Lo-fi rock-and-roll may be something of a flavor du jour in indie rock right now, but the Bay Area's been creating great garage-influenced bands for years. Garage rock groups past and present converge at Thee Parkside, Bottom of the Hill and The Eagle this weekend for the eighth installment of the Budget Rock Festival. This year's festival features the latest reunion performances from the "Kings of Budget Rock," SF garage punk pioneers The Mummies. The band, whose members perform in full mummy wrappings, released a number of ultra-low-fidelity recordings in the early '90s, and their enduring influence on lo-fi is perceptible today.
Brothers Clayton and Jeremiah McIntyre and drummer-keyboardist Danny Goldberg form The Box Elders, an Omaha trio whose debut 7" Hole in My Head was a shambling, ultra-catchy piece of "cave pop." That song's also a highlight on their debut full length, Alice and Friends. The album, released in August on Goner Records, is a collection of poppy lo-fi rock recorded by the band on an 8-track in their basement. They'll be joined at Thee Parkside by Impediments, a Bay Area band comprised principally of 18-year-olds, although you wouldn't know it from their '70s-inspired swaggering rock/punk. The band's debut just came out on Happy Parts Recordings.
There's something of a pizza renaissance going on in rock-and-roll right now, and Budget Rock is uniting Personal & the Pizzas, Johnny and the Limelites (who released a with a Pizza Party 7" and hail from "Deep Dish, Illinois"), and Sacramento's The Pizzas for an afternoon show at Thee Parkside. After the bands whet the audience's appetite for pies, there will be a pizza eating contest, courtesy of Escape from New York Pizza. I firmly believe that SF pizza holds its own compared to the New York slice, and the Bay Area's Personal & the Pizzas are worthy heirs to The Ramones' dumb-but-charming garage pop. The band claims to be from Hoboken, but that's as bogus as their feigned stupidity. Still, the latter does make for some great interviews and definitely adds to the fun.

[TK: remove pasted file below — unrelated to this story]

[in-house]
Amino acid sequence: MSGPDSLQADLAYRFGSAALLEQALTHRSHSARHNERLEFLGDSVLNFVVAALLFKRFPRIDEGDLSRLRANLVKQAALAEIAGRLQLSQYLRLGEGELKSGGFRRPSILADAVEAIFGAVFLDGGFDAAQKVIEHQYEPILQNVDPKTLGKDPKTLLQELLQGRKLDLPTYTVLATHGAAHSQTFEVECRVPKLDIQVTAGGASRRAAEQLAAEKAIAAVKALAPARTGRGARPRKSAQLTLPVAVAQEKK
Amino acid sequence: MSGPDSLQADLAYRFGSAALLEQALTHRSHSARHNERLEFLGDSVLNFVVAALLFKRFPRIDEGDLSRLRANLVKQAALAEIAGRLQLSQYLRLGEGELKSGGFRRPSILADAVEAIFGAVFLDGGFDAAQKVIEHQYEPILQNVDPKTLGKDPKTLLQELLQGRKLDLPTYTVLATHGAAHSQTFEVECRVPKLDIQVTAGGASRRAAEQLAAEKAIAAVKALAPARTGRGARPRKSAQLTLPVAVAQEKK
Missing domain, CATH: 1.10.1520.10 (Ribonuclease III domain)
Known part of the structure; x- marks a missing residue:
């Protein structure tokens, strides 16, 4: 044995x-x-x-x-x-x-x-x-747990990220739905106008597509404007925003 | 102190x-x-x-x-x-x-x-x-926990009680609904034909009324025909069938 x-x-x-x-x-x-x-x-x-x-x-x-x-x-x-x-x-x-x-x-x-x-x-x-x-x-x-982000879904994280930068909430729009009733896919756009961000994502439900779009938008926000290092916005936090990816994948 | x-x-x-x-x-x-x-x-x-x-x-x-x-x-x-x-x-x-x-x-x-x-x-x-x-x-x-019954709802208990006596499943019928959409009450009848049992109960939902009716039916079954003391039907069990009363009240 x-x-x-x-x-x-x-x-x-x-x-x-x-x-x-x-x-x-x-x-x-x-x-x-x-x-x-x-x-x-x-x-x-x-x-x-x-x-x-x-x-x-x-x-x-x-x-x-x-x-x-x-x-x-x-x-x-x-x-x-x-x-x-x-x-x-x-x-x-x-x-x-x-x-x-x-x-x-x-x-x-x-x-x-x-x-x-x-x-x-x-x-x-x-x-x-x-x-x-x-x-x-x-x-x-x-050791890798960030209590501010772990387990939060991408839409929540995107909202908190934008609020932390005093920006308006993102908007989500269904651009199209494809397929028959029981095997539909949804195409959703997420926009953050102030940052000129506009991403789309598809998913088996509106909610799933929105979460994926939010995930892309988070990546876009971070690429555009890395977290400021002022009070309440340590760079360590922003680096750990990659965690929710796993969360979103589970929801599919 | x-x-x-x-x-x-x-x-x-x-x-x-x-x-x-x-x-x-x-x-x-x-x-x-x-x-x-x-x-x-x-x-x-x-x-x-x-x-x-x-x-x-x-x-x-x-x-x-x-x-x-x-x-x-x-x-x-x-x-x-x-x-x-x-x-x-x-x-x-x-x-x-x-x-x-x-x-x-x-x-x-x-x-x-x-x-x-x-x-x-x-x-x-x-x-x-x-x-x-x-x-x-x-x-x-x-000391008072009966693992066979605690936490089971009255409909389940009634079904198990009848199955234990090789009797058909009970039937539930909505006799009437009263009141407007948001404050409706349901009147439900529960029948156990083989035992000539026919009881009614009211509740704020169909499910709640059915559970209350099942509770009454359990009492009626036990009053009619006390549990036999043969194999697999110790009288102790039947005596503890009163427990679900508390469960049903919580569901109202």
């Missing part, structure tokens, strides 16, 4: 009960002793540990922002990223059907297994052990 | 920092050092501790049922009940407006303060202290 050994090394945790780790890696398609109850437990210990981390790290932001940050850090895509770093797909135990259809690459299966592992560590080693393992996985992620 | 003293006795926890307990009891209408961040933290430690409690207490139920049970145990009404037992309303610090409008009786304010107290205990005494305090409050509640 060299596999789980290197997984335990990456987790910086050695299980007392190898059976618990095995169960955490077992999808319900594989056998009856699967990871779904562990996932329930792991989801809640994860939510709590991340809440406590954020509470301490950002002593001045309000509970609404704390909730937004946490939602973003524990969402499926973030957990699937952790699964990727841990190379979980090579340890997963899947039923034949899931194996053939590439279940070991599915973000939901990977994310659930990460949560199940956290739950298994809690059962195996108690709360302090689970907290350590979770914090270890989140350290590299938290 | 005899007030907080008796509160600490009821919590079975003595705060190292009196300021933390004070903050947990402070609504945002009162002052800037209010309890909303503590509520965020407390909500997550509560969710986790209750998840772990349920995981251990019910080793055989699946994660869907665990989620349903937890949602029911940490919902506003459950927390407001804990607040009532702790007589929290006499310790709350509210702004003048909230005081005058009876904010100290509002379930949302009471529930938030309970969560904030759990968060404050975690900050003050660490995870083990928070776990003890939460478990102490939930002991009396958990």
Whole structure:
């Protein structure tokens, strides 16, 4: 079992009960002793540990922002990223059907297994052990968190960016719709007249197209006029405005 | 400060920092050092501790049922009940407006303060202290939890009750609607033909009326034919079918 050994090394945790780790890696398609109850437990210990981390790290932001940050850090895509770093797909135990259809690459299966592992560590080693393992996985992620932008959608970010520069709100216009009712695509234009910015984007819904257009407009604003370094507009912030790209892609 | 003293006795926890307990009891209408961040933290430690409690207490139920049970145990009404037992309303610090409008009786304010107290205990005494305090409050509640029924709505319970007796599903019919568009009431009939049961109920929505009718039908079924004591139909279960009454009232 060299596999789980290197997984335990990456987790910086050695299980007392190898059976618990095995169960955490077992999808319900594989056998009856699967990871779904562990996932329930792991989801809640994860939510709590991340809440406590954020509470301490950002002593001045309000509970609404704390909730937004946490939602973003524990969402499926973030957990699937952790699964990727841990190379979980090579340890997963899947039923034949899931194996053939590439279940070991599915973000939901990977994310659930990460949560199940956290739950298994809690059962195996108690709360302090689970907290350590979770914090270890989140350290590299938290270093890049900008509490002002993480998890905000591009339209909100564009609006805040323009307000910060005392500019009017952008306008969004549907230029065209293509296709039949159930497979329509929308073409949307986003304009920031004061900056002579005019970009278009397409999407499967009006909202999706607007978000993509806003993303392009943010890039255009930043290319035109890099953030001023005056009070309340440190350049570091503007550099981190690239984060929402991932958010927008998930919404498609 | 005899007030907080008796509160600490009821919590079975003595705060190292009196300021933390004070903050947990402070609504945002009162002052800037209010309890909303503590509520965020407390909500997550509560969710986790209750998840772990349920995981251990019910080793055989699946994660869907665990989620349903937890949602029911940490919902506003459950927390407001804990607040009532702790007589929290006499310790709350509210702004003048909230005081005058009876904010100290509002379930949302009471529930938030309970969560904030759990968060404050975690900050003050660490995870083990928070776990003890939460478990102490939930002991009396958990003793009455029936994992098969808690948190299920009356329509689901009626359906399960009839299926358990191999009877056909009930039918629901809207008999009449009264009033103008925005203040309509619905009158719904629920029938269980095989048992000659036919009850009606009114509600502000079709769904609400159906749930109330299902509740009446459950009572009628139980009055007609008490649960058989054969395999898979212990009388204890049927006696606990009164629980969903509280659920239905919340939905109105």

Other highlights, and there look to be many, include the latest reunion performance by Oakland psych masters The Gris Gris, playing alongside The Fresh & Onlys, whose Grey-Eyed Girls is one of my favorite 2009 releases, and Dan Melchior. Melchior began in London, and collaborated with Billy Childish and Holly Golightly before moving to the US, where his interests have expanded into more freewheeling, experimental terrain. Top that show off with Thee Oh Sees, and you've got one hell of a bill.
Ben Van Houten is the Programming Director for The Bay Bridged.